Rusine answered with “identify and understand why there is resistance. communicate, communicate, communicate provide training and support”

Giglio said, “That's a tough one, I feel like people are naturally resistant to change especially if they've been working a process for several years. Maybe highlighting how this benefits them personally in the long run and the whole company overall.”

Bigger said, “I've dealt with much resistance over the years, but once you involve people and they see the reasons and benefits they will buy in”

Bodor said, “Being a change leader is SO HARD. We subscribe to the ADKAR model for making significant changes. I'll post the graphic I made for it under this tweet...”

Then Bodor added, “ADKAR: Awareness Desire Knowledge Ability Reinforcement”

Prox said, “I personally handle it by asking questions - one of which might be "how would you get us to the end goal?"”

Hussey said, “Depends if it's management or staff. If management, show them the improvement that can be made to the bottom line. If it's staff then show them what an improved process will mean for them (less stress, easier work etc.)”

Sales Leads said, “If you include them from the concept phase, before step 1, the amount of resistance is minimal to none. If comments do arise, yes, answer it with questions until they can't say no.”

Host Crysler replied, “Yes, definitely the earlier in the process the better!”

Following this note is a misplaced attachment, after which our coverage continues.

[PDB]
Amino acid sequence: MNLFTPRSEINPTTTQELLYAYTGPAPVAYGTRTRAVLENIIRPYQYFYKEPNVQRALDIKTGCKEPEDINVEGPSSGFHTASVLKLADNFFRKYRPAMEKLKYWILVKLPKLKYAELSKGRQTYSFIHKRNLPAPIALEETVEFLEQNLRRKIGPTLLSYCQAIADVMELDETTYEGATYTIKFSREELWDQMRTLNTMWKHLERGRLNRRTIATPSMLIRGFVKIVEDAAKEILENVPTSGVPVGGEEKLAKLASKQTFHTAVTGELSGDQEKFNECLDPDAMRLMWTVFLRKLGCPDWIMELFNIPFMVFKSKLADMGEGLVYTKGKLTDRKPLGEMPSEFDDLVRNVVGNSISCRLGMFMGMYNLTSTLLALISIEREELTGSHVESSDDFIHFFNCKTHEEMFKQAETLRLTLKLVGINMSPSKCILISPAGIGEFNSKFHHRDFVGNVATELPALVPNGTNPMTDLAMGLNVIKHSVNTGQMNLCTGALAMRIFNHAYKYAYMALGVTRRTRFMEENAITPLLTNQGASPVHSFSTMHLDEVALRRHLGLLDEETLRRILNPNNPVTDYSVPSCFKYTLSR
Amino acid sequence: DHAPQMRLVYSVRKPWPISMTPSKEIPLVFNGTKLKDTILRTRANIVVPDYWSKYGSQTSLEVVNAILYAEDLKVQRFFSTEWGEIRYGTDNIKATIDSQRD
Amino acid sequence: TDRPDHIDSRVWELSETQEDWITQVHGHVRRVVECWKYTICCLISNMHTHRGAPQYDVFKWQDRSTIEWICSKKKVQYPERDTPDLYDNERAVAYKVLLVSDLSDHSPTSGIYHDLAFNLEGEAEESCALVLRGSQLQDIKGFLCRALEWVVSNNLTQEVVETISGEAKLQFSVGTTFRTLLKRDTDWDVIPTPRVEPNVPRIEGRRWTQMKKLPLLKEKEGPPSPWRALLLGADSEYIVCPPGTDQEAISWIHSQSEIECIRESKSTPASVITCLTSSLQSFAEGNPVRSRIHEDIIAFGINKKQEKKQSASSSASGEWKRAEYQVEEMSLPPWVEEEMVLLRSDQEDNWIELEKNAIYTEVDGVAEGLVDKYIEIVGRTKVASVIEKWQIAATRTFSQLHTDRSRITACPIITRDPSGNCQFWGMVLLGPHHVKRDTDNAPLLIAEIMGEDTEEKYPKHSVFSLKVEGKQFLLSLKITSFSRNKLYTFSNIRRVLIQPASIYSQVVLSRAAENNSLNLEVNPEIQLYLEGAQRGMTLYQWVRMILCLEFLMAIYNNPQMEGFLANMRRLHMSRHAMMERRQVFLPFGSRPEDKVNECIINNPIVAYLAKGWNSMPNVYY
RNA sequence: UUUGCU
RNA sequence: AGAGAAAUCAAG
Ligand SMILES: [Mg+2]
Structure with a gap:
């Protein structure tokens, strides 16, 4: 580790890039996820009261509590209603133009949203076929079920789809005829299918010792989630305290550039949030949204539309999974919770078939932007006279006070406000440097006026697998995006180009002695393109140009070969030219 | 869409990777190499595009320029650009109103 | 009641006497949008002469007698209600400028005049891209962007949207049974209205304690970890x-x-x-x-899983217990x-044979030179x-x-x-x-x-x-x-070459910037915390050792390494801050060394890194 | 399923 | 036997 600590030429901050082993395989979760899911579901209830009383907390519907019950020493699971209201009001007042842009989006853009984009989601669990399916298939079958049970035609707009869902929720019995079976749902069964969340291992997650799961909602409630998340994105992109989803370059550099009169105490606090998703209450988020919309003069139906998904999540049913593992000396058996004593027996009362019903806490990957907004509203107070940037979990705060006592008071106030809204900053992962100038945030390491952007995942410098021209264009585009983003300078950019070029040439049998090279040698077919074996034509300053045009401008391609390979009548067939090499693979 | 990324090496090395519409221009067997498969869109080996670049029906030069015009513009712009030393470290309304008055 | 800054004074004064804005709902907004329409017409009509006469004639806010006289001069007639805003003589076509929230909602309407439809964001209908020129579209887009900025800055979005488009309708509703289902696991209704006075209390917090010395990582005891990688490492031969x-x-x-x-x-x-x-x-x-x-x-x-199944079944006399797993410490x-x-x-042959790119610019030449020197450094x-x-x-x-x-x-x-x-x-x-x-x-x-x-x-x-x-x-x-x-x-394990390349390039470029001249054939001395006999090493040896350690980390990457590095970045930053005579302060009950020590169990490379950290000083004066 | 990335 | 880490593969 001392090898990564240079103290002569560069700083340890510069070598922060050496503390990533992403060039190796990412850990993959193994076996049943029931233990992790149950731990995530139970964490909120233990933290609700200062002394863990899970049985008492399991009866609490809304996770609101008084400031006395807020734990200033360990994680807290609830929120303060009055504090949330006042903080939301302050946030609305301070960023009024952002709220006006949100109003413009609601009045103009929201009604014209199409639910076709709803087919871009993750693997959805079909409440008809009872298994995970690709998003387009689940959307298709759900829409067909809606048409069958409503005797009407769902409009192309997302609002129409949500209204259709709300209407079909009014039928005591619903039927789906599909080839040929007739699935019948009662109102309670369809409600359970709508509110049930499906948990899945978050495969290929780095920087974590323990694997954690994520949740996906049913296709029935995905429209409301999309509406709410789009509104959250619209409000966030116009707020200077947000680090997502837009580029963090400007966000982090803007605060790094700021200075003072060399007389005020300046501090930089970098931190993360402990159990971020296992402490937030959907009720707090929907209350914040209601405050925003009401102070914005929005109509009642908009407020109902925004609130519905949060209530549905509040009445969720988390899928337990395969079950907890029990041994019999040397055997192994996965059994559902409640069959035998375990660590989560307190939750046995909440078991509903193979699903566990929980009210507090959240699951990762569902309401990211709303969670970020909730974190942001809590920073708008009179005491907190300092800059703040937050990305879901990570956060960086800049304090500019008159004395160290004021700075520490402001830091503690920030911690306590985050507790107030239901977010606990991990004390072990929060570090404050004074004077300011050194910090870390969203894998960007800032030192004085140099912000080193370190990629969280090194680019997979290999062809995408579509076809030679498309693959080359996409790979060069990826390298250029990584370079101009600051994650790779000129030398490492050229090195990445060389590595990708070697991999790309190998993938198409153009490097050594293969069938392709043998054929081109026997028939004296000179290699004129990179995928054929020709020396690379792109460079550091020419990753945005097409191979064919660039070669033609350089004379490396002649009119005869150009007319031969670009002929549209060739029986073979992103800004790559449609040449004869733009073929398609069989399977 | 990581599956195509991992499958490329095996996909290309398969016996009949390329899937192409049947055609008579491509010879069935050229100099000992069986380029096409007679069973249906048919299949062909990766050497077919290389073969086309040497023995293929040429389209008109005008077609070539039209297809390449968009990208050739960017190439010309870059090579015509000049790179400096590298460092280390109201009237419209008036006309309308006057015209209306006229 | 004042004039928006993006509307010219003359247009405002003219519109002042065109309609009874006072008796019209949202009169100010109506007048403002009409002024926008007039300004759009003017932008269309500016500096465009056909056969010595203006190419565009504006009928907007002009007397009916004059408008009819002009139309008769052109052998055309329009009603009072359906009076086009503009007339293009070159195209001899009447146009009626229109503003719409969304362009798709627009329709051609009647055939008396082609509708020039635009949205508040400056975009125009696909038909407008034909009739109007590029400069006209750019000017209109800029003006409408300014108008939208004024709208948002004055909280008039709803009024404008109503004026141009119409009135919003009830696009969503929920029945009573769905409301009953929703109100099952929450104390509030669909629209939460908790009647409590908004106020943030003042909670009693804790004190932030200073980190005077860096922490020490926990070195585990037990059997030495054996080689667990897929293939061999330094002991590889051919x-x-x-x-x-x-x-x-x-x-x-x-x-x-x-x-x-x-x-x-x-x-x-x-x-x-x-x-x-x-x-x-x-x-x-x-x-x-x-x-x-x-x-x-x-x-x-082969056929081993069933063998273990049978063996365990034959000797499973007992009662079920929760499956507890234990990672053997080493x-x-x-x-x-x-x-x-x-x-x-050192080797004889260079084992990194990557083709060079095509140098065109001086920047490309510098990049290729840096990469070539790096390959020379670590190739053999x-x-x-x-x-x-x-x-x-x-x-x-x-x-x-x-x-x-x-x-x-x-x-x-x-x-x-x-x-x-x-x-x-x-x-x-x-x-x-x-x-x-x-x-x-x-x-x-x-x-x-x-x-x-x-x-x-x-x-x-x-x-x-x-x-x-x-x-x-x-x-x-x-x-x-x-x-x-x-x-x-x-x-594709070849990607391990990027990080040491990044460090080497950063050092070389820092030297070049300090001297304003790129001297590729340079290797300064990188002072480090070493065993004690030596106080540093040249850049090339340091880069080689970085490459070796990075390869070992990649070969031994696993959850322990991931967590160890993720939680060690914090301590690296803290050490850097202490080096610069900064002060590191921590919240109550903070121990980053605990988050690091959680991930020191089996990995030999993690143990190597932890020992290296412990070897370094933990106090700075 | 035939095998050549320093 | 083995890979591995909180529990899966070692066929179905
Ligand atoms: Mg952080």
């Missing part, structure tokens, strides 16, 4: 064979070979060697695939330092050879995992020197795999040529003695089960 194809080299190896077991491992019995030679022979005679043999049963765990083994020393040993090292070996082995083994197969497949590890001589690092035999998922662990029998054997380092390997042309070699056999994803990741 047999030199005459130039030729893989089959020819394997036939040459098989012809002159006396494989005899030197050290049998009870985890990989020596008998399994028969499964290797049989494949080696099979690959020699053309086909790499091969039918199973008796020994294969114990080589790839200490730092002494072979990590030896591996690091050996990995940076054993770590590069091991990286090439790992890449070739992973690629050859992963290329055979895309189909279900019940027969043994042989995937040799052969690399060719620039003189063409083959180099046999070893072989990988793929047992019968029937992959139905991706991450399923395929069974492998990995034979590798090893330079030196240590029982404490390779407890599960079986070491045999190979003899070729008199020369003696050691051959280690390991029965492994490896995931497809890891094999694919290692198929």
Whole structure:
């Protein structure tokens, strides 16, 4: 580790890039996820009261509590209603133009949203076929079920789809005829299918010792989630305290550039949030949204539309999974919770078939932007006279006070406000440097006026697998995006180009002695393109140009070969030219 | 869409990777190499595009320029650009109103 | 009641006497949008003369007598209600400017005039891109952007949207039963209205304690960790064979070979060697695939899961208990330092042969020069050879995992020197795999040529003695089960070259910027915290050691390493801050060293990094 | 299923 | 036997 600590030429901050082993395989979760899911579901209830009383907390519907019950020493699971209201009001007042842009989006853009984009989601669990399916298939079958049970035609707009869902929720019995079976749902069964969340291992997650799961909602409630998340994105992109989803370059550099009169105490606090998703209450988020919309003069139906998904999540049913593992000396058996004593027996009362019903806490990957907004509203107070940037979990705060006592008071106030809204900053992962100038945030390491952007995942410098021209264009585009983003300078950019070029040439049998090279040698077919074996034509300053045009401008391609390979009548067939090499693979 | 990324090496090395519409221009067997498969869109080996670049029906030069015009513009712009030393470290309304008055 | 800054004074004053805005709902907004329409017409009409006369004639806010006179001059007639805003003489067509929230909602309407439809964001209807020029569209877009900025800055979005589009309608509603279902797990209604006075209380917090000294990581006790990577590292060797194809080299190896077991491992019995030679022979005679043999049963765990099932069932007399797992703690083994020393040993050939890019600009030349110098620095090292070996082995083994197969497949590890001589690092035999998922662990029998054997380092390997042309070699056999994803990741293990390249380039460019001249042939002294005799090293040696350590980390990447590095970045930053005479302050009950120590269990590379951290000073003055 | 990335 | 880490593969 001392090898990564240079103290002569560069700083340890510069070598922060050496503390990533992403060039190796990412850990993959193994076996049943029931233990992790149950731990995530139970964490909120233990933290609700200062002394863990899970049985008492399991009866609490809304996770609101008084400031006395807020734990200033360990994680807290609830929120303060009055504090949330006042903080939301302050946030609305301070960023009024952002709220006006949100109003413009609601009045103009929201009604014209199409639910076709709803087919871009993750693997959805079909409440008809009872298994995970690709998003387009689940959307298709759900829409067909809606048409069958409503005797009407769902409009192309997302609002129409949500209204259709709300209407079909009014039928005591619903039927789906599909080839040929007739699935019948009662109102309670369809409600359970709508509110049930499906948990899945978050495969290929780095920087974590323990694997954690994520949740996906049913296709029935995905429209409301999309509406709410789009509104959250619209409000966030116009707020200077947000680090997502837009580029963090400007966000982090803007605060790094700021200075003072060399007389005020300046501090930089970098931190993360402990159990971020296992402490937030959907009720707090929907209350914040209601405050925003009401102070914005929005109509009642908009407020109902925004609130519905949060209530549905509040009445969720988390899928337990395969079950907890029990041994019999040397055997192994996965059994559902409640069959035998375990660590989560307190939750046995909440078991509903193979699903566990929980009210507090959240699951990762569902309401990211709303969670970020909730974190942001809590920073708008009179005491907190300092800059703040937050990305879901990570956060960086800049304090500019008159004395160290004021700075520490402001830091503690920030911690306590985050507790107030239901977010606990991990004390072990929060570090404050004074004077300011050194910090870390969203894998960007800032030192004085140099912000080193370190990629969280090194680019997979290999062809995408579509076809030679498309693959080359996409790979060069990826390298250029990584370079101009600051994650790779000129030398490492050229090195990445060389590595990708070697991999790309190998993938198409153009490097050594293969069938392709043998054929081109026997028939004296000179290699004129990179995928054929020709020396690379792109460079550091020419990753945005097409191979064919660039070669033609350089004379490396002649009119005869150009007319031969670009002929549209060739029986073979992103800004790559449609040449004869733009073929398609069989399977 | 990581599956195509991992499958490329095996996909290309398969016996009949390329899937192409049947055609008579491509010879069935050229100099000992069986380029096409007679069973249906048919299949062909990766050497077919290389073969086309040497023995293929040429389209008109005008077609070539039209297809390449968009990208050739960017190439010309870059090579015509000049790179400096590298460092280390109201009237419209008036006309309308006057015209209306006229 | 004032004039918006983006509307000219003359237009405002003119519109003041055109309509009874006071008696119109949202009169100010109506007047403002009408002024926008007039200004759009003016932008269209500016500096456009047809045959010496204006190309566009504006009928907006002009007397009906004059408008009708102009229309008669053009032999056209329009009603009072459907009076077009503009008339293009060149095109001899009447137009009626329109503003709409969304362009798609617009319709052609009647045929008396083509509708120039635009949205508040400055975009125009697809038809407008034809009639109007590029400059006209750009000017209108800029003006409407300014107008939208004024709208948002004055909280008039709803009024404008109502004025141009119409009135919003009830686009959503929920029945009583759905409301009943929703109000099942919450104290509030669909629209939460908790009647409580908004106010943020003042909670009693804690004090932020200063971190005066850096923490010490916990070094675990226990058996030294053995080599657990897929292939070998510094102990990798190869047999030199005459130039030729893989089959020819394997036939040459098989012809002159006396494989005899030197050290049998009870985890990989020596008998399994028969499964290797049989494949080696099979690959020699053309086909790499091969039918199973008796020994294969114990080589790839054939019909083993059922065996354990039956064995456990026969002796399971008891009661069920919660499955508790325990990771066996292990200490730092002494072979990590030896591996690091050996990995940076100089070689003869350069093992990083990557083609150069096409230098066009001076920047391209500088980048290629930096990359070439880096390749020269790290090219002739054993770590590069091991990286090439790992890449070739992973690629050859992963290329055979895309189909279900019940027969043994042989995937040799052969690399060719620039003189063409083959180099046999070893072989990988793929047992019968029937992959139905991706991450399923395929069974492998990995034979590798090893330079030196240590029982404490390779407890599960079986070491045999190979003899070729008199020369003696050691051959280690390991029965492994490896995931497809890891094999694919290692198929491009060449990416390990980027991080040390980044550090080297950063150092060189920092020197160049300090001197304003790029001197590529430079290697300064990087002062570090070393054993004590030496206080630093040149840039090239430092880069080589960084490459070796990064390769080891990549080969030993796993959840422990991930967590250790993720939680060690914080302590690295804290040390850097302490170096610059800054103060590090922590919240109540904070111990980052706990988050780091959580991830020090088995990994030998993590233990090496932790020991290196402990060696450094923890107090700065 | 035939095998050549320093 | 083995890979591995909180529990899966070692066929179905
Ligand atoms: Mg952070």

Kite said, “If you have the facts then use reasoning and data to present the why for that change than resistance should be decreased. But there are always the people who don't like to change no matter how much you present them with logic.”

Hubbard said, “Your resistant people are actually good for the process. They say out loud the fears or behaviors that may later undermine the change process. Better to know from the outset, I say, and build it into the improvement.”

Van Rooi said, “When it comes to adults making a change, they NEED to understand what and why before they are able to adapt. They also NEED to buy into the idea, so it's also important to make them part of the process.”

Brett said, “If you give everyone the opportunity to discuss and share their thoughts when beginning the process improvement journey, there will be much less resistance because everyone will be on the same page. Communication is key, as always!”

Pavel Stepanov from VirtuDesk said,I believe getting into the root cause of the resistance can help in how you can provide assurance that the change will benefit the business overall. I believe getting into the root cause of the resistance can help in how you can provide assurance that the change will benefit the business overall.

Host Crysler answered, “I’ve learned that it’s good to have change resistors on the team. They often keep others generating and justifying their ideas while offering counterpoints as to why something won’t work. The other thing I’ve seen happen is that when a change positively impacts a change resistor, they can quickly shift to a change champion… that’s when things really get fun!”




About #USAMfgHour

Anyone who champions U.S. manufacturing can join in on a new conversation each week on Twitter using the hashtag #USAMfgHour. The chat starts at 11 a.m. Pacific Standard Time/2 p.m. Eastern. Share positive blog posts, helpful articles, news, important information, accomplishments, events, and more with other manufacturers and supporters from throughout the country.

Are you interested in hosting a #USAMfgHour chat? Contact organizers @DanBiggerUsaMfg, @DCSCinc, @SocialSMktg and @Radwell_Intl


Share to Facebook Share to Twitter Share to LinkedIn Share to Pinterest Share by Email